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March 5, 2013
Suicide Solution?: Supreme Court of West Virginia Finds Suicide by Witness for the Prosecution to be a Dying Declaration
Federal Rule of Evidence 804(b)(2) provides an exception to the rule against hearsay
In a prosecution for homicide or in a civil case, [for] a statement that the declarant, while believing the declarant’s death to be imminent, made about its cause or circumstances.
A student in my Evidence class and the esteemed Fred Moss both raised the same question with regard to this "dying declaration" hearsay exception today: Can it apply to a declarant who is not the homicide victim? Here is what Fred Moss wrote in a comment to yesterday's post:
We always believe, I think, that the declarant in the homicide case must be the victim of the homicide, that is, the person the defendant is accused of killing. But the rule refers to "the declarant," not "the victim," so they can be -- theoretically -- different people.
How about this hypo? A is on trial for the murder of B by shooting him. A shot several times in killing B. C -- the declarant -- was hit by one of the shots. As he lay on the street he tells the EMT, "I hear the wings of the Angel of Death hovering over me. Tell my wife I love her. And, by the way, I was shot by A as he was shooting at B." C either dies or cannot testify at A's trial because he's in a coma. Under the FRE, the statement is admissible at A's trial, no?
I think that this analysis is correct, which takes me to the strange case of State v. Satterfield, 457 S.E.2d 440 (W.Va. 1995).In Satterfield, Shawn Satterfied and his half-brother were charged with murdering Billy Harper. A key witness for the prosecution at trial was Brian Moore, and
During the trial the appellant's attorney aggressively cross-examined Moore and even suggested that Moore may have committed the murder. In fact, the appellant's attorney implied that Moore had told people that he struck the first blow on the victim during the murder. After recross-examination, Moore concluded his testimony, but was subject to recall by the State. Before the trial court reconvened the next day, Moore committed suicide. The appellant's attorney stated that he would not be calling witnesses to testify that Moore stated that he struck the first blow. However, subsequent to the suicide, Del Vincent testified that Moore did not come by his place on that night. Additionally, pursuant to the appellant's questioning, Del Vincent testified that Moore asked him to provide an alibi, and that on previous occasions Moore had bragged that he was going to kill people.
Because of the appellant's attack on the credibility of Moore after his death and because the appellant suggested that Moore had committed the murders, the trial judge permitted the State to introduce a suicide note left by Moore which stated: "I didn't kill Harper and I won't do time for something that I didn't do. I'm sorry but I just can't take the presure [sic] of going through a trial. Good-by [sic]. [Signed] Bucky Moore. Tell Teresa [Bucky Moore's girlfriend] I loved he [sic] more than any thing in the world." The jury convicted the appellant of first degree murder with a recommendation of mercy based on the above evidence.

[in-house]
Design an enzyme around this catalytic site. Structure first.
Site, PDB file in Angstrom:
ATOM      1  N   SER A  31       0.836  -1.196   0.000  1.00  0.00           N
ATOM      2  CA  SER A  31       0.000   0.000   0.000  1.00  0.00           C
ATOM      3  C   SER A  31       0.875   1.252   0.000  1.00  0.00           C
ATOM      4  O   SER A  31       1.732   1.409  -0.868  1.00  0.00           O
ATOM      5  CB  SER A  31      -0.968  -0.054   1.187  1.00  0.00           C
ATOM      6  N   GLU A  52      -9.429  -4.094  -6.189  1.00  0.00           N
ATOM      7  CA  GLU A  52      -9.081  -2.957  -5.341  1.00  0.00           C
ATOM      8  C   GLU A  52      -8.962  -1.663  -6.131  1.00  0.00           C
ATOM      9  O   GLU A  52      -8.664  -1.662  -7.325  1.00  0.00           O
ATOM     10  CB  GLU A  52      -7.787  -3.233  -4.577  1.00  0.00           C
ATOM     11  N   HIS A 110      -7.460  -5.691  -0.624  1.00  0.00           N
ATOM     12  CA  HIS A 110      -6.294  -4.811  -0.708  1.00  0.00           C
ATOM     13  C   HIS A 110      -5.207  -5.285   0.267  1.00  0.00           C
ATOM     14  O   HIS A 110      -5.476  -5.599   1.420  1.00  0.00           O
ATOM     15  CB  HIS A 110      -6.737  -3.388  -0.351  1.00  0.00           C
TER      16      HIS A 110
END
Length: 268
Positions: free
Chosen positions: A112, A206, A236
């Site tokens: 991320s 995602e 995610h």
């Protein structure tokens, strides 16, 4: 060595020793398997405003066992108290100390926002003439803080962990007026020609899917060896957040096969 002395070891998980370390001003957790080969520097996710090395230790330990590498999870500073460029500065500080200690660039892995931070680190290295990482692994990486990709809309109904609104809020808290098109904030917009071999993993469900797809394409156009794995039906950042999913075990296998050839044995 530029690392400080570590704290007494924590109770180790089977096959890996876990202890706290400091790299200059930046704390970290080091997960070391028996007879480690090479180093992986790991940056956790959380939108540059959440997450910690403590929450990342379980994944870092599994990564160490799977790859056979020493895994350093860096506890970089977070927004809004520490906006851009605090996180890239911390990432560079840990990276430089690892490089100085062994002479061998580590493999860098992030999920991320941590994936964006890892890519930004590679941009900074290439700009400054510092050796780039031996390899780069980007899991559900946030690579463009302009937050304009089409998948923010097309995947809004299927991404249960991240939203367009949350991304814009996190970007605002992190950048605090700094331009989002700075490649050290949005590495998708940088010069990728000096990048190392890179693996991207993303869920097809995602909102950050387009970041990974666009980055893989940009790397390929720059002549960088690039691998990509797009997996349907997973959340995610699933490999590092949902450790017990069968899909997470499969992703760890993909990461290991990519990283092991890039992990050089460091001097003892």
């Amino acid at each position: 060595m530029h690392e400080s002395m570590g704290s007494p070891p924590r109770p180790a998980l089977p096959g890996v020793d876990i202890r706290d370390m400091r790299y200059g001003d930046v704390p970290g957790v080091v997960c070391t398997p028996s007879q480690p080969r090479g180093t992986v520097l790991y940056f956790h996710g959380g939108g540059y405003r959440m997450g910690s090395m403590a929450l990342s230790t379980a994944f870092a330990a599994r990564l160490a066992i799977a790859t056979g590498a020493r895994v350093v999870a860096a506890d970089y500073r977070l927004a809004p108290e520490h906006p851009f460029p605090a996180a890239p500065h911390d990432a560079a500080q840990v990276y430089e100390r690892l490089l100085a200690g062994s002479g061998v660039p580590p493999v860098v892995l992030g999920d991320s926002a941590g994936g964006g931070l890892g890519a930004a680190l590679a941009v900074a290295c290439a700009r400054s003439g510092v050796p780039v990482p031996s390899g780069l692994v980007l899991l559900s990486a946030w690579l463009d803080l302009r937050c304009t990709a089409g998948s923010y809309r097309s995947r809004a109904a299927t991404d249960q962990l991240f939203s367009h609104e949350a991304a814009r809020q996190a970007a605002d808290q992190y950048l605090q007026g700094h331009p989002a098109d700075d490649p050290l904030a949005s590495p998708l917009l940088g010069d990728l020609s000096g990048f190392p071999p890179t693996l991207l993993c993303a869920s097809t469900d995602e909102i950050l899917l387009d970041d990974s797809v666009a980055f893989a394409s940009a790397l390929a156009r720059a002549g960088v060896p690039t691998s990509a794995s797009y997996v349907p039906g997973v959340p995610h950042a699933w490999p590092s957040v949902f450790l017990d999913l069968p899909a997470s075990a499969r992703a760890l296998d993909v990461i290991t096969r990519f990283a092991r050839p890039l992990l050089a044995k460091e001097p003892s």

After he was convicted, Satterfield appealed, claiming, inter alia, that the trial court improperly admitted the suicide note as a dying declaration. The Supreme Court of West Virginia disagreed, concluding that
In the case before us, the dying declaration was in the form of a suicide note. Few courts have addressed whether a suicide note would ever fall into the dying declaration exception to the hearsay rule. Common sense dictates, however, that just as the rules of evidence have broadened the common law to include declarants who are not murder victims, the rules of evidence would also contemplate situations in which a dying declaration could be contained in a suicide note.
Accordingly, we hold that a suicide note may be admissible pursuant to W.Va.R.Evid. 804(b)(2) as a dying declaration exception to the hearsay rule. In order for a statement found in a suicide note to be admissible as a dying declaration the following must occur: the statement must have been made when the declarant was under the belief that his death was imminent, and the dying declaration must concern the cause or circumstances of what the declarant believes to be his impending death....
Is Moore's suicide note a dying declaration? Clearly, there was evidence that Moore wrote the suicide note with the belief that he was facing imminent death because he killed himself soon after writing the note. Additionally, the suicide note explained why Moore killed himself thereby explaining the causes or circumstances which led to his death. Therefore, Moore's suicide note falls within the dying declaration exception to the hearsay rule.
I'm not sure that I agree with the court that a suicide note can be a dying declaration, but that's a question for another day. For now, all I want to note is that I agree with the court that there is nothing in Rule 804(b)(2) that precludes a dying declaration from coming from a non-victim, and I see no reason to impose such a limitation.
March 5, 2013 | Permalink
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Great case!!!! An evidence exam writer's dream.
Posted by: Fred Moss | Mar 6, 2013 1:25:03 PM